In a case before the Connecticut Supreme Court, Canty v. Otto, 41 A.3d 280 (Conn. 2012), the former wife of a convicted felon appealed a trial court ruling granting prejudgment relief to the administratrix of a homicide victim’s estate by challenging the administratrix’s right to recover against her as a creditor under the Uniform Fraudulent Transfer Act (“UFTA”). The Supreme Court affirmed the trial court ruling.
In early 2007, the local and state police began to investigate the former wife’s husband in connection with the disappearance of a woman with whom he had been involved outside of the marriage. In mid-April, the husband transferred $8,000 from a joint marital account to an account that was held solely in his wife’s name. Within a week of the transfer, the police found the remains of the missing woman on a Connecticut property that was co-owned by the husband and his son.
After this discovery, the husband and wife went together to the Department of Motor Vehicles to transfer title to a jointly owned vehicle solely to the wife, and traveled to Massachusetts to transfer title in residential property to the wife. The husband made these transfers without valuable consideration. Within a week of completing the property transfers, the wife contacted an attorney to file a dissolution action, which was commenced the same day and filed within a week.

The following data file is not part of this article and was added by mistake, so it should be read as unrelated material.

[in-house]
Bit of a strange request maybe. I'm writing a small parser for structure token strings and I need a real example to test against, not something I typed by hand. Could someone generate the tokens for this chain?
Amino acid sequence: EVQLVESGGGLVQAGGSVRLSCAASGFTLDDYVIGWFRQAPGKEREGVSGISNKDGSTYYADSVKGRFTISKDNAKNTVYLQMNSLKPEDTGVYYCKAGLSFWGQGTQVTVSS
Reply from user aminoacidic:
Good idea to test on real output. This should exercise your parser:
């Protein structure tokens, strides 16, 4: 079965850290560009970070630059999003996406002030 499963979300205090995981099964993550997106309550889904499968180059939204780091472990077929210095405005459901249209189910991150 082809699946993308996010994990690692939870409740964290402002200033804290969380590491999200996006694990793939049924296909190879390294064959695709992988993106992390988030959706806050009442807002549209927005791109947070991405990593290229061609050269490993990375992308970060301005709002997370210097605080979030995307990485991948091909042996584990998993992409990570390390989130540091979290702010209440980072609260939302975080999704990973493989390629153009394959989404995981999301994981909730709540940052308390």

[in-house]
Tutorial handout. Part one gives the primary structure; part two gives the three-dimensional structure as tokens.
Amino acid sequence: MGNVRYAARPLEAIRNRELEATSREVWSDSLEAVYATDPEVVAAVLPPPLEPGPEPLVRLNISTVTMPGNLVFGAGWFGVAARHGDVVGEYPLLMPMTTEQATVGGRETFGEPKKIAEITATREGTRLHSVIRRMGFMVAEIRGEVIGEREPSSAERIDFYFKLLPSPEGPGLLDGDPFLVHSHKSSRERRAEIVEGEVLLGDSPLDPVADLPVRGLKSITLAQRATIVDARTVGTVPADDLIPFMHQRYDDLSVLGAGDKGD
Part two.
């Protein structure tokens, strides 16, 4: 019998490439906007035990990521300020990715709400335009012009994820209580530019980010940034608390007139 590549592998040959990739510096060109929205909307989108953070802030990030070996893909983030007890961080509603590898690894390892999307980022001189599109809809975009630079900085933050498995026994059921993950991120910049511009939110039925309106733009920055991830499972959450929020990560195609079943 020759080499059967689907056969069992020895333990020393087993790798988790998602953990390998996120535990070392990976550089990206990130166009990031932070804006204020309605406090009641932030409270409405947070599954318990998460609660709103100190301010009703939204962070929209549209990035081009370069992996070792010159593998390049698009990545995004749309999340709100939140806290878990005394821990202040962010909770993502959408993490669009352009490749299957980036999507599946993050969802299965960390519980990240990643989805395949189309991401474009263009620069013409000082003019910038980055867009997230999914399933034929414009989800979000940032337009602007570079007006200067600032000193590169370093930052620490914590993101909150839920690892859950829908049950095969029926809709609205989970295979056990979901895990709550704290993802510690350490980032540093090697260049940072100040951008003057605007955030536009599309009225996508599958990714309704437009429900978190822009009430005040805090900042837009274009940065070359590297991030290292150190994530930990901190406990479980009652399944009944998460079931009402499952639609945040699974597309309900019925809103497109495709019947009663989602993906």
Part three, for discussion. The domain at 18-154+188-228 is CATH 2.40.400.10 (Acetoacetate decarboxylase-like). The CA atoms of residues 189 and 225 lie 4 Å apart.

Pursuant to the dissolution action, a notice of lis pendens was filed against the husband’s interest in two Connecticut properties. Afterward, the estate of the deceased woman commenced a wrongful death action against the husband. In May 2007, the state arrested him and charged him with one count of murder and two counts of tampering with physical evidence.
Wrongful Death Hearing
In June 2007, after a full hearing on the wrongful death action, the administratrix of the deceased woman’s estate obtained a prejudgment order against the husband in the amount of $4.5 million. During this hearing, the trial court found probable cause to believe that the former wife did not truly intend to divorce her husband but rather intended to conspire with him to obtain a judgment of dissolution that would shield his assets from the victim’s estate.
The trial court also found that the husband transferred assets shortly before the commencement of the dissolution action with specific intent to defraud his creditors, among which was the estate of the deceased. Finally, the court found that the former husband had encouraged and facilitated his former wife’s institution of a dissolution action against him and did not seriously contest those proceeding in order to ensure that most or all of his assets could not be reached by the deceased’s estate in the wrongful death action.
The administratrix moved to intervene in the couple’s dissolution action to assert her rights as a creditor of the husband; the motion was denied and later dismissed on appeal. In June 2008, the trial court issued a judgment of dissolution which included the division of marital property. The former wife received all of the real property, and the former husband received an automobile, some shares of stock and the remaining balance of his retirement funds. The former husband was convicted of murder in November 2008.